|Anita Sengupta with the full-sized model of the EDL sequence parachute in the background
Aug. 5: A parachute tested by aerospace engineer Anita Sengupta is among critical mission elements that will determine the fate of a US spacecraft on Monday morning as it attempts to safely deposit a robotic rover at the foot of a mountain on Mars.
The American engineer, whose father is Bengali and mother British, is a member of the entry, descent, and landing (EDL) sequence team tasked with slowing down the spacecraft to enable a soft landing on the Martian surface.
The $1.8 billion Mars Science Laboratory spacecraft ferrying the rover named Curiosity is expected to enter the Martian atmosphere at 10.31pm Sunday night in California, 11.01am Monday morning in India. Curiosity’s landing site lies in a region called the Gale Crater which scientists believe could once have had pools of water and may hold clues about the past or present habitability of Mars.
The parachute that Sengupta helped analyse and test is expected to open up and slow down the spacecraft from supersonic to subsonic speeds, and prepare it for a powered descent phase on eight retro-rockets.
“We’re excited, nervous, emotional, happy. It’s the culmination of our blood, sweat, and tears over the past seven years,” Sengupta told The Telegraph in a telephone interview today. “We’ve done everything we could from an engineering perspective ... but there are things that are always out of your control.”
Sengupta, who was born in the UK, arrived in the US with her parents when she was three, and grew up in New York, says she first imagined herself in a career in space exploration when she was six, inspired by science fiction, including episodes of Star Trek.
“I chose the engineering route for space exploration, rather than the science route,” said Sengupta, an EDL engineer at the National Aeronautics and Space Administration’s Jet Propulsion Laboratory (JPL) in Pasadena, southern California.
For more than three years before Nasa launched the Curiosity mission last November, Sengupta had conducted simulations of the 21.5 metre diameter parachute designed to reduce the speed of the spacecraft from about 1600kmph to about 400kmph. “We’ve tried to understand exactly how the parachute will behave in the Martian atmosphere,” said Sengupta.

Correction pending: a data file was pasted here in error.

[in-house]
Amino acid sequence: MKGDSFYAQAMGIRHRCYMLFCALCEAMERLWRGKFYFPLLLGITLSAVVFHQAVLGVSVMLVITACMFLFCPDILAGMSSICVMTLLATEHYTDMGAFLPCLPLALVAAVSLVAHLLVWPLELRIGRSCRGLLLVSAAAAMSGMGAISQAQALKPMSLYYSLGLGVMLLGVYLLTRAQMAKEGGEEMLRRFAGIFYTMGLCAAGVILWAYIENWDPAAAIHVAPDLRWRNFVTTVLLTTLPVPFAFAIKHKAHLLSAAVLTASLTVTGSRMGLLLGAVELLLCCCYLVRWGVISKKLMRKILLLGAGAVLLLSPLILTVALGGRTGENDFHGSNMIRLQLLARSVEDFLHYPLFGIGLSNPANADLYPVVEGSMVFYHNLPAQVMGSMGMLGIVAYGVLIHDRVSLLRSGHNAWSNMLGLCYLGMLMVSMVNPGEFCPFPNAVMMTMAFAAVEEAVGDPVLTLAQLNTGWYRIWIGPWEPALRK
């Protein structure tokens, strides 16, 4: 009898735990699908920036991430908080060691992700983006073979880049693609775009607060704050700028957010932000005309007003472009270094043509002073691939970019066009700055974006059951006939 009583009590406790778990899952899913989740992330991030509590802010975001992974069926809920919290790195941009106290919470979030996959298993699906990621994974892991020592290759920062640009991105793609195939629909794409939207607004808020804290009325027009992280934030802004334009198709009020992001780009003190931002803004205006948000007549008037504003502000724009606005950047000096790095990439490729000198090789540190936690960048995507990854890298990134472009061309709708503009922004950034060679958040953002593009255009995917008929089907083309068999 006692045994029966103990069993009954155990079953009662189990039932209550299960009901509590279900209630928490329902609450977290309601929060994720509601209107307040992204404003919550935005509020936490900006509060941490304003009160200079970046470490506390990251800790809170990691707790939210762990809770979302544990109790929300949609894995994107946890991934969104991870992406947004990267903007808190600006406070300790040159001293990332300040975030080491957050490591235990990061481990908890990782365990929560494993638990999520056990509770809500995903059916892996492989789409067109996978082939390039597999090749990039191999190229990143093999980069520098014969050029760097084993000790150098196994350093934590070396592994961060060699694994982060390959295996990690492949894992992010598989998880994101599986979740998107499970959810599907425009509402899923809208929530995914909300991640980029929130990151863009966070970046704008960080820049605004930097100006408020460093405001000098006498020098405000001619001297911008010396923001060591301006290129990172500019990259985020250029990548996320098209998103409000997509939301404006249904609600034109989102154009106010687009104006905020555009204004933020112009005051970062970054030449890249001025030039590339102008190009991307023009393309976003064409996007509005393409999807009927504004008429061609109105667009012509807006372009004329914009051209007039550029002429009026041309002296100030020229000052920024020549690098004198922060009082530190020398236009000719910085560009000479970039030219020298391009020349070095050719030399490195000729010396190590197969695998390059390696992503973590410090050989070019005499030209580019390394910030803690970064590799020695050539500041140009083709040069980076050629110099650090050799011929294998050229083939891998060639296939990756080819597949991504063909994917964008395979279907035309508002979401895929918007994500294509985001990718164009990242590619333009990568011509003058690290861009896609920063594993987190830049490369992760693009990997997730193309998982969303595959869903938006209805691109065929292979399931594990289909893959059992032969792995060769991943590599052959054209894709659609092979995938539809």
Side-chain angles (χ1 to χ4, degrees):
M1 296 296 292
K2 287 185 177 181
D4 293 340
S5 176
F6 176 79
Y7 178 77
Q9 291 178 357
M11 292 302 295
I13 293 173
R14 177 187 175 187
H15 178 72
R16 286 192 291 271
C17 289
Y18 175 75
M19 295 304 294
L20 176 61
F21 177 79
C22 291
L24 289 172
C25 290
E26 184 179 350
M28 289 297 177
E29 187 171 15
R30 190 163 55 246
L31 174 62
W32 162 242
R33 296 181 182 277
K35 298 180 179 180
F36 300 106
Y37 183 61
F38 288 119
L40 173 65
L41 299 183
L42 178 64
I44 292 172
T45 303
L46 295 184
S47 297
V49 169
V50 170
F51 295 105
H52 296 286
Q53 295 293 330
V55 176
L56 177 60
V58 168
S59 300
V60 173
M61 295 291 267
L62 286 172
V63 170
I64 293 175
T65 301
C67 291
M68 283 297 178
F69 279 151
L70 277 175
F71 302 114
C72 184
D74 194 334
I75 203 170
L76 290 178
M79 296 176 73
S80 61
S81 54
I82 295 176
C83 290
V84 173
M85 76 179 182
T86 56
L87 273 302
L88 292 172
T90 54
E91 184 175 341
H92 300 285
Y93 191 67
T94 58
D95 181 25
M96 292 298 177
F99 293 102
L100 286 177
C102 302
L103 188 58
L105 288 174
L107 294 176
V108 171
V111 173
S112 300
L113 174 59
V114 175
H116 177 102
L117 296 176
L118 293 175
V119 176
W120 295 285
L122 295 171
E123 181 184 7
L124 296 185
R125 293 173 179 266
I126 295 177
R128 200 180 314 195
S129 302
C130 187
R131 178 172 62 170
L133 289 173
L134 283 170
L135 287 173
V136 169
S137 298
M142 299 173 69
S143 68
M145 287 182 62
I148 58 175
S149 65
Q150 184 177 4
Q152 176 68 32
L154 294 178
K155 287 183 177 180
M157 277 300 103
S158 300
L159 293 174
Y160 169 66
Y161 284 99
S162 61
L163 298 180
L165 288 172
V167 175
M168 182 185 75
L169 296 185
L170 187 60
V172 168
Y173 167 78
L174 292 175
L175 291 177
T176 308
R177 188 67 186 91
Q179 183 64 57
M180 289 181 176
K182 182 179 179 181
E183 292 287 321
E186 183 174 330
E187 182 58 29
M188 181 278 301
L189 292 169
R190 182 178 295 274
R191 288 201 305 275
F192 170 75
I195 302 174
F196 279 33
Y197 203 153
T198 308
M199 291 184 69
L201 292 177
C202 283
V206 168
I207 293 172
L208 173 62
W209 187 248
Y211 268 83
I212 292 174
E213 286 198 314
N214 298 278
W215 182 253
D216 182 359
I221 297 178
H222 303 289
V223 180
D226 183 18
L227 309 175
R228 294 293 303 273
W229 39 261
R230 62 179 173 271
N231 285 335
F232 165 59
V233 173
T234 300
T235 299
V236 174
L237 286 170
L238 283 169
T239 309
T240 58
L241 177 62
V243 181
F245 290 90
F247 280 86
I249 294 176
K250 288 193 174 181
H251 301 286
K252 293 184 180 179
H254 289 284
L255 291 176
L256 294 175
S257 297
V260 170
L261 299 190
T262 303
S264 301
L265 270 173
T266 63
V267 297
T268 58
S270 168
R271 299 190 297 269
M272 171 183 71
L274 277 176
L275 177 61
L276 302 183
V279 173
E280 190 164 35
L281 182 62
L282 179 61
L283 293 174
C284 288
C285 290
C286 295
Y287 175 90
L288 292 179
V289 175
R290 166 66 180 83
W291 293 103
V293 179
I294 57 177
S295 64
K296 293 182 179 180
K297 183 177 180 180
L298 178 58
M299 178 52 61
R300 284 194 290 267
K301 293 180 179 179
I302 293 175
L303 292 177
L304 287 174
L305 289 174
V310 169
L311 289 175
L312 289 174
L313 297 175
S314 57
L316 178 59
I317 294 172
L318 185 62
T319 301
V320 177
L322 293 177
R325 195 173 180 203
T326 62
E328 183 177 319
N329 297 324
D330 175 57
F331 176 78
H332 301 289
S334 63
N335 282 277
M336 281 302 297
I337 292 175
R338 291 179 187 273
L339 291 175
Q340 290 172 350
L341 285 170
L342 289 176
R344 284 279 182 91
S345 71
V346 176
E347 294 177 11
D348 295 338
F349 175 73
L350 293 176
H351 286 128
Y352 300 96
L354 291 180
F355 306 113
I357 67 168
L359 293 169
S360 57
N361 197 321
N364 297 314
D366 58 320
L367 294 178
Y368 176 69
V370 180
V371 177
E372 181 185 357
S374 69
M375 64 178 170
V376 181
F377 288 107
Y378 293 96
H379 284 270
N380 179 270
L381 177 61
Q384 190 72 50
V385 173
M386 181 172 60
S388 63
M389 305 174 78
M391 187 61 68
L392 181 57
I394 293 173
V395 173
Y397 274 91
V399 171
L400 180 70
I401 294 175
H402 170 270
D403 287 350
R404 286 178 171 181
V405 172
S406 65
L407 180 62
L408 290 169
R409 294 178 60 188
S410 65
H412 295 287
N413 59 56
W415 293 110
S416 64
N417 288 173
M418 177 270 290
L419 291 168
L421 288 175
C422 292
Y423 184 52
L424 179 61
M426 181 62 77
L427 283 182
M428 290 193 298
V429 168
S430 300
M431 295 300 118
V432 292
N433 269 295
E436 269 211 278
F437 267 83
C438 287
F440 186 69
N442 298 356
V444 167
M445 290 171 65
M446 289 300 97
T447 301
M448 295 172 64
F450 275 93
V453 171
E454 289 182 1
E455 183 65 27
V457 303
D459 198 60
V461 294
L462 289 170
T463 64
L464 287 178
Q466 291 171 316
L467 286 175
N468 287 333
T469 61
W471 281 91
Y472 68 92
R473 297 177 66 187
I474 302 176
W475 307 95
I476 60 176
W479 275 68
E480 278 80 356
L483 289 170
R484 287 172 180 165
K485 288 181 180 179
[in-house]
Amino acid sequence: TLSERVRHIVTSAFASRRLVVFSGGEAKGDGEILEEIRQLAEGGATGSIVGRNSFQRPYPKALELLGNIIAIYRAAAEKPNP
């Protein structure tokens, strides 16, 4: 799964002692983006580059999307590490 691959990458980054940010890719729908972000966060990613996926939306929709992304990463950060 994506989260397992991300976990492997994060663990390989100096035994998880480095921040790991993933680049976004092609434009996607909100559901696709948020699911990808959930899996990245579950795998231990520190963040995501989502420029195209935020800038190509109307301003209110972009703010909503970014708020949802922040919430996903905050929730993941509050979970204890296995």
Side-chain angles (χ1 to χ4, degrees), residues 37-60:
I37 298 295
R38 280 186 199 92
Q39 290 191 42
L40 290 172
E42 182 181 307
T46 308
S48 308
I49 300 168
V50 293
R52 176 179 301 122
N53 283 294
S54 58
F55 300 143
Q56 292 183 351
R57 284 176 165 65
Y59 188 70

The 899kg Curiosity is the heaviest rover scientists have ever tried to land on Mars — and the parachute to slow its descent has been described by Nasa engineers as the largest extraterrestrial aerodynamic decelerator in history.
The mobile laboratory carries an array of cameras and 10 scientific instruments that will allow it to collect, store, and analyse samples of material up to five-centimetres below the surface of rock and soil. Nasa-JPL scientists say Curiosity’s primary assignment during its two-year life is to assess whether the terrain that it explores has ever had environmental conditions favourable for Martian microbial life.
“We’re trying to land in a scientifically fascinating site,” Sengupta said. “But the needed accuracy at the landing site, the proximity to a mountain, and the size of the rover pose several engineering challenges,” she said.
Previous remote observations have suggested that some areas near Curiosity’s landing site appear to contain clay minerals and layers of sulfate salts. Nasa-JPL researchers point out that both clays and sulfate environments are formed in wet environments.
The clays and sulfate rich deposits that Curiosity is expected to investigate are good at latching on to organic chemicals — possible signatures of microbial life — and protecting them from degradation, according to a document on the mission from Nasa-JPL.
“We have a great landing site that was a strong contender for earlier (Mars) missions, but was not permitted, because no earlier landing could be targeted precisely enough to hit a safe area inside the Gale crater,” John Grotzinger, a scientist with the Curiosity mission at the California Institute of Technology, said earlier this week in a media release issued by Nasa-JPL.
Mission engineers, specifically the EDL sequence team members, have designed what is called a “sky-crane manoeuvre,” to lower Curiosity through a tether of nylon cords from a spacecraft hovering over the surface with the help of eight retro rockets.
(After the parachute slows down the spacecraft, the heat shield that protected it during the near-1800 degrees Celsius temperatures during atmospheric entry will be ejected, and the retro rockets will be activated to gently lower Curiosity via tether to the surface.)
“We’ve done everything we could to design and test the multiple elements of the (EDL) system, but the flight to Mars is the first time they can be tested together in a Martian-like environment,” said Sengupta, who obtained a PhD in aerospace engineering from the University of Southern California, where she now teaches students spacecraft design.
“The development of interplanetary spacecraft and landing systems, and exploring other planets is among the toughest things you can do as an engineer,” she said. “And the thrill is in the challenge and the journey.”
Sengupta will analyse the EDL sequence performance, but is already involved to other projects too — a mission to Europa, a Human-Earth return capsule, and an instrument for the International Space Station.